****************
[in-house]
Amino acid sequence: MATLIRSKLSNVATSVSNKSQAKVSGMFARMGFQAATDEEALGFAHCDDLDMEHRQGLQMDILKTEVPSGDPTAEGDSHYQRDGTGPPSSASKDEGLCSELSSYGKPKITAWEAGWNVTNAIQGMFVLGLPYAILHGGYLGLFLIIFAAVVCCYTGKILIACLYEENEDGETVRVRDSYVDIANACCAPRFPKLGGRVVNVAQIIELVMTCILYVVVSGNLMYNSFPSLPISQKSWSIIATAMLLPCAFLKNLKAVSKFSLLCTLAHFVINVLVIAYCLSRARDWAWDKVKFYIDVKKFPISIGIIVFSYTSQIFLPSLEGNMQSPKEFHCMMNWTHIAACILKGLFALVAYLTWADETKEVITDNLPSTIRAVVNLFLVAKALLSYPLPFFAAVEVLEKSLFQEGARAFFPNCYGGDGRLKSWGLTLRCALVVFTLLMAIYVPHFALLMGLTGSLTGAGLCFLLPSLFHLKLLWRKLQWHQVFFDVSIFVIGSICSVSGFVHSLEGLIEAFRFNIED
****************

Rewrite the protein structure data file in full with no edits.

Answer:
[in-house]
Amino acid sequence: MATLIRSKLSNVATSVSNKSQAKVSGMFARMGFQAATDEEALGFAHCDDLDMEHRQGLQMDILKTEVPSGDPTAEGDSHYQRDGTGPPSSASKDEGLCSELSSYGKPKITAWEAGWNVTNAIQGMFVLGLPYAILHGGYLGLFLIIFAAVVCCYTGKILIACLYEENEDGETVRVRDSYVDIANACCAPRFPKLGGRVVNVAQIIELVMTCILYVVVSGNLMYNSFPSLPISQKSWSIIATAMLLPCAFLKNLKAVSKFSLLCTLAHFVINVLVIAYCLSRARDWAWDKVKFYIDVKKFPISIGIIVFSYTSQIFLPSLEGNMQSPKEFHCMMNWTHIAACILKGLFALVAYLTWADETKEVITDNLPSTIRAVVNLFLVAKALLSYPLPFFAAVEVLEKSLFQEGARAFFPNCYGGDGRLKSWGLTLRCALVVFTLLMAIYVPHFALLMGLTGSLTGAGLCFLLPSLFHLKLLWRKLQWHQVFFDVSIFVIGSICSVSGFVHSLEGLIEAFRFNIED